From Youth Ambassador to Entrepreneur

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Cooperative Education Transforms to Small Business Success

What started out as a side hustle has grown into a successful small business for owner Stephanie Pipkin.

Former Jackson Electric Youth Ambassador Stephanie Pipkin transferred the leadership skills and cooperative knowledge she acquired during the program into a successful start-up business, Serene Clean. “The leadership and training I received during the program and by attending the Youth Leadership Congress at UW-River Falls prepared me to have confident conversations with professionals and people that otherwise might seem intimidating,” she says. “The cooperative focus on service and the local community helped me shape the design of my business.”

What started out as a side hustle out of 22-year-old Stephanie’s apartment in 2019 has grown into a successful small business that employs 30-plus community members, with locations in Black River Falls, Sparta, and La Crosse. Stephanie chose to start her business in this area because it has always been home, and family is important to her. She explains how starting a professional or home service in a small town has its benefits: “People were willing to give me a try and I felt very supported by people who didn’t know me personally,” she says. “I believe there are more opportunities to be welcomed and received here than in a larger city. Our area is fantastic for supporting small businesses.”

Following graduation from Melrose-Mindoro High School, Stephanie attended Western Technical College to earn an associate degree in marketing while also waitressing to pay expenses, something she had done since high school. She gained experience working as an office manager for her family’s company for 3.5 years, which allowed her to apply her marketing degree and learn about invoicing, bookkeeping, and the behind-the-scenes work that keeps businesses running smoothly. “I’ve always had an entrepreneurial desire within me, and working for the family business inspired me to start my own,” she says. “Initially, I started my business as a side hustle on nights and weekends.”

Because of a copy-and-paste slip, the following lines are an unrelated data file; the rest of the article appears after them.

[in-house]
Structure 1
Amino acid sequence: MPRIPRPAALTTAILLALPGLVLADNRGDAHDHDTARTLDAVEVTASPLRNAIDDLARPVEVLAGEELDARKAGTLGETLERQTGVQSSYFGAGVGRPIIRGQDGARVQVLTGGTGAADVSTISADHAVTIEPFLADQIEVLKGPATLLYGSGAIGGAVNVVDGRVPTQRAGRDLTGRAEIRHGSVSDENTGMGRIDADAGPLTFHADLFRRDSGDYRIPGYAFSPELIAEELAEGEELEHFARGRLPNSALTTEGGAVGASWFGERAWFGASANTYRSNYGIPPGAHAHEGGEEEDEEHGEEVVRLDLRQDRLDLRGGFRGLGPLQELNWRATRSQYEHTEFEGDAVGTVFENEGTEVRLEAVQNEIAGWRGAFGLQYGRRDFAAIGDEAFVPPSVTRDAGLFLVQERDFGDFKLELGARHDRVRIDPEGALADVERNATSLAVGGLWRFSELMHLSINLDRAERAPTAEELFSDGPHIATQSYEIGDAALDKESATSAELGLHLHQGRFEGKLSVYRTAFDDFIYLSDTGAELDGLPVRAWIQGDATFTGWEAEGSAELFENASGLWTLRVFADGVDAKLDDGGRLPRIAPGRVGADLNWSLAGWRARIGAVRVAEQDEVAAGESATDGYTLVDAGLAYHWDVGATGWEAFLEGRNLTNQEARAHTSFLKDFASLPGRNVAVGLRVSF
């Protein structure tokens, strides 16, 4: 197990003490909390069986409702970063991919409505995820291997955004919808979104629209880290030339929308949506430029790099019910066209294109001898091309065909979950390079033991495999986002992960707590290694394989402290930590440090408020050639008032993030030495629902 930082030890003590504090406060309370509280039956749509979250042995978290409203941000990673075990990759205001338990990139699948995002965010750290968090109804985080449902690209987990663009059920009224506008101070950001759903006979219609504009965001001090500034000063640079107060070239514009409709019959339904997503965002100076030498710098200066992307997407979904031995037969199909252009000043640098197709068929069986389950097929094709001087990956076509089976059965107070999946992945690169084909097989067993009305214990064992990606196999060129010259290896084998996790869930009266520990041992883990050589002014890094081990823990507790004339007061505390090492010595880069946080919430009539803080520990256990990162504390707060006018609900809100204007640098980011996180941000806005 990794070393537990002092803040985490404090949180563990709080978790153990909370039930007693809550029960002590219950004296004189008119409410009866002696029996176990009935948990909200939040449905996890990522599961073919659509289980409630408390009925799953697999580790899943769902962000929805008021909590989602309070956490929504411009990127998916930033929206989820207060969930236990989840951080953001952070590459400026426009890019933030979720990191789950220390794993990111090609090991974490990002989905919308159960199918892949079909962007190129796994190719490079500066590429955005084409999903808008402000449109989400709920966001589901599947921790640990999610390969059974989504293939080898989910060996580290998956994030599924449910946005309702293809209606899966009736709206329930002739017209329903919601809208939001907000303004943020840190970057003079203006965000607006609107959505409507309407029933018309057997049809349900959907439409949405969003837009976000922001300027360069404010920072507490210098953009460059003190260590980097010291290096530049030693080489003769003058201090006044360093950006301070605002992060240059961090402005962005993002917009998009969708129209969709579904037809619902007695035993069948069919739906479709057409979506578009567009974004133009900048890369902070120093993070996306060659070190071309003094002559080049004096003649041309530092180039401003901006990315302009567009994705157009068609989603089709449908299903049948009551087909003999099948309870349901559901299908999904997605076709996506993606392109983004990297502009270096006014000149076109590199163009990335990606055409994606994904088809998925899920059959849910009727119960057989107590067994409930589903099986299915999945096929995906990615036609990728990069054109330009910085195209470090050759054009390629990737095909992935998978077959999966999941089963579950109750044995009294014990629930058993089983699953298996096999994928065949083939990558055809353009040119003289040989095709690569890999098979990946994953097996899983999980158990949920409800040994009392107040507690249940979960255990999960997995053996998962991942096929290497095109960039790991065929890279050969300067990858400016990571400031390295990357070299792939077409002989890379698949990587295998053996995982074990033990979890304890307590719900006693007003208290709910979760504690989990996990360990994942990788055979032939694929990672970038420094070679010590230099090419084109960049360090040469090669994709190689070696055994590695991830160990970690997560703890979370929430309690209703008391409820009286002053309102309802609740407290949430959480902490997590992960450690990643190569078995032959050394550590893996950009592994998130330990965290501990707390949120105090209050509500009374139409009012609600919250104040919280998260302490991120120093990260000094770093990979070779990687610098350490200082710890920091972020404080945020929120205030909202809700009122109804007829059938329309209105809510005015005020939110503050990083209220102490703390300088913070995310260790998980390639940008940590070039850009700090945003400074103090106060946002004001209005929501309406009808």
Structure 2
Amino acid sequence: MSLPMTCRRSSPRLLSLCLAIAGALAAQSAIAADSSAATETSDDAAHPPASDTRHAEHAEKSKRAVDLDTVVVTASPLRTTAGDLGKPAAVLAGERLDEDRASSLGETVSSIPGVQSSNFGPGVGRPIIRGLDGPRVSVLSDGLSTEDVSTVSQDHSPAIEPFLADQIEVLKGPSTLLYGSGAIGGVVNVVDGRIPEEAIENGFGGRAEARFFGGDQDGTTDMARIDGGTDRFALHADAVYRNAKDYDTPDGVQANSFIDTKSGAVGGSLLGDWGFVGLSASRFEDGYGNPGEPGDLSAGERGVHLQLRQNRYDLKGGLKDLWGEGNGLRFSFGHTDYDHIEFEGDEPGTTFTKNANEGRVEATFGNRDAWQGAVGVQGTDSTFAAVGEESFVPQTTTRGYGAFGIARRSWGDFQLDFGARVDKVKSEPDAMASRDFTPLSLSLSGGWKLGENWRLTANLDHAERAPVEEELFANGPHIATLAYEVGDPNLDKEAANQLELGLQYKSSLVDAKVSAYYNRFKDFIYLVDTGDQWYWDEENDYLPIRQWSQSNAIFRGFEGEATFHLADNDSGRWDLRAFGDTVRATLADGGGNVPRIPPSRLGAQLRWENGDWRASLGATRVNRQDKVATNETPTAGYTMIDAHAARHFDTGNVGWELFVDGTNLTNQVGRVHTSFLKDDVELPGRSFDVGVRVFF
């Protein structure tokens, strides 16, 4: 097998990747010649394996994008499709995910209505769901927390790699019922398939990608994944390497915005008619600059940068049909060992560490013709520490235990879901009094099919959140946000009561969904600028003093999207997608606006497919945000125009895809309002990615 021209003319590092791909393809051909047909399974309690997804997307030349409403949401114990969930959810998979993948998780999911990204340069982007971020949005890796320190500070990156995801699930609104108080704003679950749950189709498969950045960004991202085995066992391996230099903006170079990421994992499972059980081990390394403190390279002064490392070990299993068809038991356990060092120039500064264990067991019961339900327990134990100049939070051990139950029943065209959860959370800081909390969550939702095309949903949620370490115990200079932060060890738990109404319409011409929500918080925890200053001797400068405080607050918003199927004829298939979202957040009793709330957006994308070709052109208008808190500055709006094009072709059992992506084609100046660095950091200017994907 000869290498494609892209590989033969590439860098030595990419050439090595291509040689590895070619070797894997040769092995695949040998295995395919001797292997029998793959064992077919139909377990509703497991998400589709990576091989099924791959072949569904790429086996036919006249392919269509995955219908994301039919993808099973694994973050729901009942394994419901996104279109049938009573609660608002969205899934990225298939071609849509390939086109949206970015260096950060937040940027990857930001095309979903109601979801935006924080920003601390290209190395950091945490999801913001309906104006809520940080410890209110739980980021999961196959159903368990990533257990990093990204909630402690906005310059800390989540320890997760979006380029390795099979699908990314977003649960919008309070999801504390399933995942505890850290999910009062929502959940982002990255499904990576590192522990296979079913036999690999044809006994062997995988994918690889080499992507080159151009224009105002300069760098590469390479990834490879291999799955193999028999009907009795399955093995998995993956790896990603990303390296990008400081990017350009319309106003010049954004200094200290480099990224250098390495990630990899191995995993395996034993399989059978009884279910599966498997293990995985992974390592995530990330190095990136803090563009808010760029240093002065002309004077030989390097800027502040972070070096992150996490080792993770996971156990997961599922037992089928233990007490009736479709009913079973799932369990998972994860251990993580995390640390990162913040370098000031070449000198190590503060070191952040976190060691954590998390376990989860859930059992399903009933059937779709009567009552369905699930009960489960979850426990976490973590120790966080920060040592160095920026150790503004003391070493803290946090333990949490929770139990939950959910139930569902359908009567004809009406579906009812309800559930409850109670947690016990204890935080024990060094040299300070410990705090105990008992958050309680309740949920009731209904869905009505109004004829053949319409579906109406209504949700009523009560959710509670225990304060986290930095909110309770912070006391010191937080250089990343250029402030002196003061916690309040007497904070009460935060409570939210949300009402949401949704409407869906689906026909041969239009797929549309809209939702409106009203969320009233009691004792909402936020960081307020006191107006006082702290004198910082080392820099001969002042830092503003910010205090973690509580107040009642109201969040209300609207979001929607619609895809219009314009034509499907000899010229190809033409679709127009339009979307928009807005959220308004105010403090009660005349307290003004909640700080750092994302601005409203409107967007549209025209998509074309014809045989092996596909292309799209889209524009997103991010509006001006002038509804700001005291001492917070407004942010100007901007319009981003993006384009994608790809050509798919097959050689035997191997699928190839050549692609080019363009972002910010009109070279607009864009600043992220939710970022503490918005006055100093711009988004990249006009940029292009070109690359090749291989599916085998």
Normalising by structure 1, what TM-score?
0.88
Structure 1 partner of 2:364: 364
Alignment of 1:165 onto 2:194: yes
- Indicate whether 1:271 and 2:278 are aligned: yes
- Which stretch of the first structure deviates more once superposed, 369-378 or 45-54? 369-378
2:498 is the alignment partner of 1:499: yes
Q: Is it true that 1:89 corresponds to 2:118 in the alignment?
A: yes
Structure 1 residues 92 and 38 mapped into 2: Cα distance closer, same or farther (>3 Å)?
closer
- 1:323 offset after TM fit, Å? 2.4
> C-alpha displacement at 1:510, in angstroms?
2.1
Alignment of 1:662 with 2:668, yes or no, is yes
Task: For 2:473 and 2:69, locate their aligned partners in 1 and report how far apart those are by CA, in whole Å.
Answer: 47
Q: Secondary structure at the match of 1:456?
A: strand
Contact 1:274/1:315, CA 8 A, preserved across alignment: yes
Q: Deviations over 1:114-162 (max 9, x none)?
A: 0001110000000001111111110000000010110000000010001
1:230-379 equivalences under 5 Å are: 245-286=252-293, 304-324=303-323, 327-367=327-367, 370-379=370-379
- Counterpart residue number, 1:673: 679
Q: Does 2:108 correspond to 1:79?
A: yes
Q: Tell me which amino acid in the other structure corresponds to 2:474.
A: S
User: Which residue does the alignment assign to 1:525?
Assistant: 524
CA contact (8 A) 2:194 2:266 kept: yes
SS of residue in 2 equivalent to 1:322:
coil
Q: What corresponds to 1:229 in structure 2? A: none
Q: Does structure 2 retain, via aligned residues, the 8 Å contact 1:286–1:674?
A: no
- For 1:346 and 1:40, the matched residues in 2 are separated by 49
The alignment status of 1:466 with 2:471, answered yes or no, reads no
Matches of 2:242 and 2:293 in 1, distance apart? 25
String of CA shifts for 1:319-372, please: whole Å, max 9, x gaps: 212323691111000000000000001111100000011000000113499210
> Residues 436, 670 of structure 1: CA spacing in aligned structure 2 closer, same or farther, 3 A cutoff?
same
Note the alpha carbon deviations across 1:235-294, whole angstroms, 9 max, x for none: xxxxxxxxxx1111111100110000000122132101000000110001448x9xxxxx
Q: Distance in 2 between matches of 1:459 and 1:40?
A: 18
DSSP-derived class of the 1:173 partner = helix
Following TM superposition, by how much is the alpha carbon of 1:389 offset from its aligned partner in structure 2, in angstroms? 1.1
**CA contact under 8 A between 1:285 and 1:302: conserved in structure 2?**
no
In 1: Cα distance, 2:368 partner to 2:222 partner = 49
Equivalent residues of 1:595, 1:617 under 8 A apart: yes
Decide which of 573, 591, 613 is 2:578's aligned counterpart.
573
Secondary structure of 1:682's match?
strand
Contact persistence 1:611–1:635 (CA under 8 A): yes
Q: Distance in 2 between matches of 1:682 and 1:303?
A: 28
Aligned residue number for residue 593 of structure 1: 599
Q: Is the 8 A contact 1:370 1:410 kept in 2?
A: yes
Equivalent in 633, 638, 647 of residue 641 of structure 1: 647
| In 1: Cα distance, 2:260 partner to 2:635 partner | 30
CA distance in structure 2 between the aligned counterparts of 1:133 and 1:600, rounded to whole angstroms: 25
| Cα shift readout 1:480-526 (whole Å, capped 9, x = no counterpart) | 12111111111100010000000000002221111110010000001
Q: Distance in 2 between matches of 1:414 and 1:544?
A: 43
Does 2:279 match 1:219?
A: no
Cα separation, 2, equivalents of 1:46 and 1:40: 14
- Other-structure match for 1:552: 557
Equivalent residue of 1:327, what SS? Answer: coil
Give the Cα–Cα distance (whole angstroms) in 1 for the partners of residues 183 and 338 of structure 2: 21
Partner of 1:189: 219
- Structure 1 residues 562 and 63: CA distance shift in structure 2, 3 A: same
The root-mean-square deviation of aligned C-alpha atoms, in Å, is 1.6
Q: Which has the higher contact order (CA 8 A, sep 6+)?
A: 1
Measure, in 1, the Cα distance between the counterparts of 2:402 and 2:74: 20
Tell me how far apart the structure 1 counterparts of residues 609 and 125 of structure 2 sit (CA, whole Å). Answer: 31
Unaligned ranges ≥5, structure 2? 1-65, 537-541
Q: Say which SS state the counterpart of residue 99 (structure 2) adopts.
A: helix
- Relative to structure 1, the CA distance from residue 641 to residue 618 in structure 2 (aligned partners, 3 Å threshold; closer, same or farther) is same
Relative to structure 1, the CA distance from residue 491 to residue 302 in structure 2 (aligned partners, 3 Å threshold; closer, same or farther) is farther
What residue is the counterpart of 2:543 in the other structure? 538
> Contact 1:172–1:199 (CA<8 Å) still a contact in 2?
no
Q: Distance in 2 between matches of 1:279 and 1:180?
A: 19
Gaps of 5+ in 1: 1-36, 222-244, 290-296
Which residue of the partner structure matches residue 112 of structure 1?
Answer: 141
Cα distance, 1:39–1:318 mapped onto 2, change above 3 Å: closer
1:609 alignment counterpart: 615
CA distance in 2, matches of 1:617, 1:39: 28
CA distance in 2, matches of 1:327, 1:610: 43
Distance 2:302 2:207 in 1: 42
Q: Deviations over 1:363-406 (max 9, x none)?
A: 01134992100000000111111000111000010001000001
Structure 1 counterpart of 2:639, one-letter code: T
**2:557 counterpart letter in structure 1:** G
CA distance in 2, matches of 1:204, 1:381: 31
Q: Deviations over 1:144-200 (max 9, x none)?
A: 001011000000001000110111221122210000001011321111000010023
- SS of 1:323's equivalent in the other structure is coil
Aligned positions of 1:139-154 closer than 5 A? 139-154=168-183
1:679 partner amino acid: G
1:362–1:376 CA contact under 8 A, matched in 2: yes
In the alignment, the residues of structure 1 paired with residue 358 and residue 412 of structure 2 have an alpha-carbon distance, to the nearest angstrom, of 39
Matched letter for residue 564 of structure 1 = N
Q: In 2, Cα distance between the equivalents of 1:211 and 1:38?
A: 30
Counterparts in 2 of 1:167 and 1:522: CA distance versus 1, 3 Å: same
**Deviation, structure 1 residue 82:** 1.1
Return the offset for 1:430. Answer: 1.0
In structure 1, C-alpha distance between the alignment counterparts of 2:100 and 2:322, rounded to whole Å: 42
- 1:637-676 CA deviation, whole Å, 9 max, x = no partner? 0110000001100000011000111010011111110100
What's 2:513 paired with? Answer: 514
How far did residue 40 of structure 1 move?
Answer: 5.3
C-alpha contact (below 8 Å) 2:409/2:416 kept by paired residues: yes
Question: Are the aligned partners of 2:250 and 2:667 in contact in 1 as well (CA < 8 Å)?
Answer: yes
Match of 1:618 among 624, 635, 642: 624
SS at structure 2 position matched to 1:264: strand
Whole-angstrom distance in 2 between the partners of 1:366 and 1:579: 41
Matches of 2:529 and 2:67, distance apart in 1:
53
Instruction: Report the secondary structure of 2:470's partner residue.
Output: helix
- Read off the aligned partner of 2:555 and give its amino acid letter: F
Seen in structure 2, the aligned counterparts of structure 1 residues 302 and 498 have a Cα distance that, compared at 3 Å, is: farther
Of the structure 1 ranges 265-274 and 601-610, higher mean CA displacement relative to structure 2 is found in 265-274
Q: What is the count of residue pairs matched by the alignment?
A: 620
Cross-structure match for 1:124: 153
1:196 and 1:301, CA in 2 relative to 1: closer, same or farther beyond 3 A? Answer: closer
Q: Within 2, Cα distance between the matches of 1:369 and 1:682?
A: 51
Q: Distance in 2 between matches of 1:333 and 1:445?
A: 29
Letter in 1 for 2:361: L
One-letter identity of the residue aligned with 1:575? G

Business grew more quickly than Stephanie expected. Within two months of opening, she was already hiring part-time staff. While it all sounds easy, Stephanie notes that starting out was not without its challenges, with the primary challenge being that she was still working full-time. “You have to support yourself before the business can support you,” she explains. “I wasn’t always able to provide an immediate response to clients, and many clients preferred to have their homes cleaned during the day.”

Prior to the COVID shutdown, things were going well, and business was booming. Then, Stephanie had to navigate the new challenge and reality of COVID concerns. How can you run a business that depends on going into people’s homes? Fortunately, many commercial accounts doubled their need for cleaning service because they were essential businesses. “I was able to cover payroll for my staff through the small business paycheck protection program,” Stephanie says. “Before restrictions were lifted, we donated cleanings to local churches and other small businesses before they reopened.”